Wine Lovers Unite! The World’s Best Wine Regions To Visit

18 September 2018

Wine Lovers Unite! The World’s Best Wine Regions To Visit

Travel doesn’t have to be about ticking off famous landmarks. It can be about adventure, culture, religion, food or – in this case – wine. While some travellers seek out turquoise seas or bustling cities, others long for the rolling hills of vineyards and valleys. If you like your holiday memories to go hand in hand with a good glass of your favourite vino, you’ll want to make sure you visit these wine regions. Not only is the wine excellent, but we’ve handpicked regions which are beautiful to visit and which offer travellers a getaway worthy of the history books. Start packing your bags, and remember to do some reading up on merlot vs cabernet.

Bordeaux, France

Narrowly beating out Champagne as our top wine region pick in France, Bordeaux is of course, well-known for its stellar red blends. Unlike at South African vineyards, most wineries in Bordeaux work on a private basis and reserve you a time slot: so if you book a tasting or visit, you get a real one on one experience. Set aside about 90 minutes for a visit! Don’t go in January, or in the first week of April – January is when the winemaking happens, and the landscapes are a bit bare. In April, most wineries are choc-a-bloc with wine tastings within the industry, and don’t accommodate tourists. If you go in summer though, you’ll be treated to glorious, long summer days where you can admire the chateauxs and sprawling vineyards of the region.



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Barossa Valley, Australia

They might not no how to play rugby, but the folks down under certainly know how to produce some good wines. Though there are wine regions spread out across Australia from Perth to Victoria, the Barossa Valley in South Australia is one of the most picturesque of them all and produces some of the best wines. You have all the beauty of the expansive farmlands, as well as a warm climate and great wines. Most of the wineries offer tastings as well as snacks, platters and light meals so are great for nibbling on as you sip your wine. Try out Maggie Beer’s restaurant; she is one of Australia’s most revered and loved cooks and serves honest, farm to table style dining.

You can easily reach the valley from Adelaide in about an hour, or you can stay in the valley itself – but if you do, then hire a car. It gives you far more flexibility than using pre-organised tours, and you can linger at the wineries you really love. We’d recommend you visit Artisans of Barossa, Seppeltsfield Winery, Pindaries Winery and perhaps Jacobs Creek to get a great ‘taster’ (excuse the pun!) of the region and its wines.

Barossa Valley:


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California, USA

America never strikes you as the obvious place for wine to be produced, but the sunshine state produces not only world-class wines but also world-class food. In fact, if California was a country of its own it would still be the fourth-largest wine producing “country” in the world. Rather than trying to do the whole of the California’s wine areas (it’s nearly as big as France) concentrate your attention on one area – Napa and Sonoma are some of the best and perfect for first-timers.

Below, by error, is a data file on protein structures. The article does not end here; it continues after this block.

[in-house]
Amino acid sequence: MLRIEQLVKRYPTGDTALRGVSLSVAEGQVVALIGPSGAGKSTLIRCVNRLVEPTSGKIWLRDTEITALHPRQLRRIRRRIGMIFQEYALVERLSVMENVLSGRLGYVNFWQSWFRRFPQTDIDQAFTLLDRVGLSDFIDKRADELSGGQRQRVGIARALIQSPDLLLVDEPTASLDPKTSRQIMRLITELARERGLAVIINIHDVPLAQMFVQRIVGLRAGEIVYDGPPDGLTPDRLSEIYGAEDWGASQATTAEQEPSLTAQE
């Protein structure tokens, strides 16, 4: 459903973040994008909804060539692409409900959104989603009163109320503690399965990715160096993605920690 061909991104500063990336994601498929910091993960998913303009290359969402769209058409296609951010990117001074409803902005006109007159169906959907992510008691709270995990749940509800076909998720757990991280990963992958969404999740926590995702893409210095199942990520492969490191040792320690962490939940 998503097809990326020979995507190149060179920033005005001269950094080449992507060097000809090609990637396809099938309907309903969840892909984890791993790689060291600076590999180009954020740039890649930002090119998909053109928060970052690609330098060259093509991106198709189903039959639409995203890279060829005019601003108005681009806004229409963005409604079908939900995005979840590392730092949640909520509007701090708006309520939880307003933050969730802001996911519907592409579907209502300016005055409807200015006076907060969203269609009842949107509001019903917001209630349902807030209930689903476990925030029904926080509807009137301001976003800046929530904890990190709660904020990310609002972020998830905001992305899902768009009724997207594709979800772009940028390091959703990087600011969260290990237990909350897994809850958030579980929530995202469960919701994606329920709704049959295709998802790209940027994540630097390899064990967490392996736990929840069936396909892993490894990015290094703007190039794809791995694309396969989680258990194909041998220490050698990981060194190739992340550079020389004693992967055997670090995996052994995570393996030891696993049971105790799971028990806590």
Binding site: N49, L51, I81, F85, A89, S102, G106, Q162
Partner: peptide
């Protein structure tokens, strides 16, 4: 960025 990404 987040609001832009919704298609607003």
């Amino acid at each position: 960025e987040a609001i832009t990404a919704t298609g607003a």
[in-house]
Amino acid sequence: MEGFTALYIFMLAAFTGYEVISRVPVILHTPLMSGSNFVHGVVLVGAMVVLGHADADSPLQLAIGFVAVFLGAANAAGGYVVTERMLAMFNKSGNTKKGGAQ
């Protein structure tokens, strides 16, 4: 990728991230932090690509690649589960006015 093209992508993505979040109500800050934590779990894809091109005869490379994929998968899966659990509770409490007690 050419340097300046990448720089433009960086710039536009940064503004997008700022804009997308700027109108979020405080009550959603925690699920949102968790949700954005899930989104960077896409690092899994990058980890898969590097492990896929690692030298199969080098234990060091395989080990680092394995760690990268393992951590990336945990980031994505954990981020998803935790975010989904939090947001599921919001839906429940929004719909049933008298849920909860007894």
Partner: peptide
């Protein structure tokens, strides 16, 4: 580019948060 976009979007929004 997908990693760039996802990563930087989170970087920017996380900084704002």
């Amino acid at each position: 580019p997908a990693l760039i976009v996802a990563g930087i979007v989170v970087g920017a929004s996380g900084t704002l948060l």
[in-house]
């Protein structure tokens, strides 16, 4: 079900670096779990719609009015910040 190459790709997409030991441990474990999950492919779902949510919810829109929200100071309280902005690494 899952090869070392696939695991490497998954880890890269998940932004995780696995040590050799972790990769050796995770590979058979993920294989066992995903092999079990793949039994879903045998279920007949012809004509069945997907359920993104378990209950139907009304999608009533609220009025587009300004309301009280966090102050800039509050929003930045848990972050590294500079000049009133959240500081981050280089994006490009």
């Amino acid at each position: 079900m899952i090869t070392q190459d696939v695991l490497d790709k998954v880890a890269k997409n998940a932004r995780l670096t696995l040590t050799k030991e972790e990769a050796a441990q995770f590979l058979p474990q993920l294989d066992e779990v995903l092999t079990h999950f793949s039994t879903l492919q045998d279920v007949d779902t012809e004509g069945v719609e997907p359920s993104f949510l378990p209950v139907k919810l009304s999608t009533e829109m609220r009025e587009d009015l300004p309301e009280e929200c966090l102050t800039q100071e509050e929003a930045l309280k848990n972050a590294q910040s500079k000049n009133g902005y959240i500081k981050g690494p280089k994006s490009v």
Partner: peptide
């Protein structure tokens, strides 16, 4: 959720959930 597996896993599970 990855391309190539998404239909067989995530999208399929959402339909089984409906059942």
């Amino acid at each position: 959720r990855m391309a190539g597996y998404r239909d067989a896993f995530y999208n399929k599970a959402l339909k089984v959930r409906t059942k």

There’s local fruit farms, cheese farms and fresh produce stalls at every corner, and the wine competes with the most exclusive wineries in the world. There are beautiful orchards too, and because the area is so vast, there is breathtaking scenery that just never seems to end.  Alexander Valley is well worth a visit, being one of the most scenic spots of Sonoma County. Because the region is so large and the climate and geography so varied, you can taste wines of almost all varieties from outstanding merlot to crisp chardonnays.



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Cape Winelands, South Africa

The local gems can compete on the world stage in terms of wineries. Whether you pick Stellenbosch or Franschhoek is up to you, but both offer incredible food, world-class wines and stunning valleys and mountains as a backdrop for all of the culinary delights that you can indulge in! Of course, you have to sample as many Pinotage wines as you can, given that it’s a South African specialty – but try and go between October to March when the weather is beautiful and the views aren’t clouded (literally). Favourites for lunch and a wine tasting include Tokara, Clos Malverne, Jordan and Babylonstoren.

Cape Winelands:

La Rioja, Spain

When you book a tasting in La Rioja, it’s important to keep in mind that you’ll normally end up doing a winery tour too – so it isn’t a quick, casual affair. They normally charge too, but it includes the tour and a tasting where they tend to be quite free and easy with the wine. The area is composed of lots of small Spanish towns at their best, so feel free to immerse yourself in it fully. Try and do a mixture of the old, traditional wineries and some of the more modern ones, some big productions and some small family-owned wine farms to get a good feel for the region and remember to pencil in a stop for lunch – tapas, if you want to stay true to Spanish culture.

La Rioja:

Remember, whether you want to explore locally with a trip to the Cape or sip wine in Spain, Flight Centre can get you there. Enquire here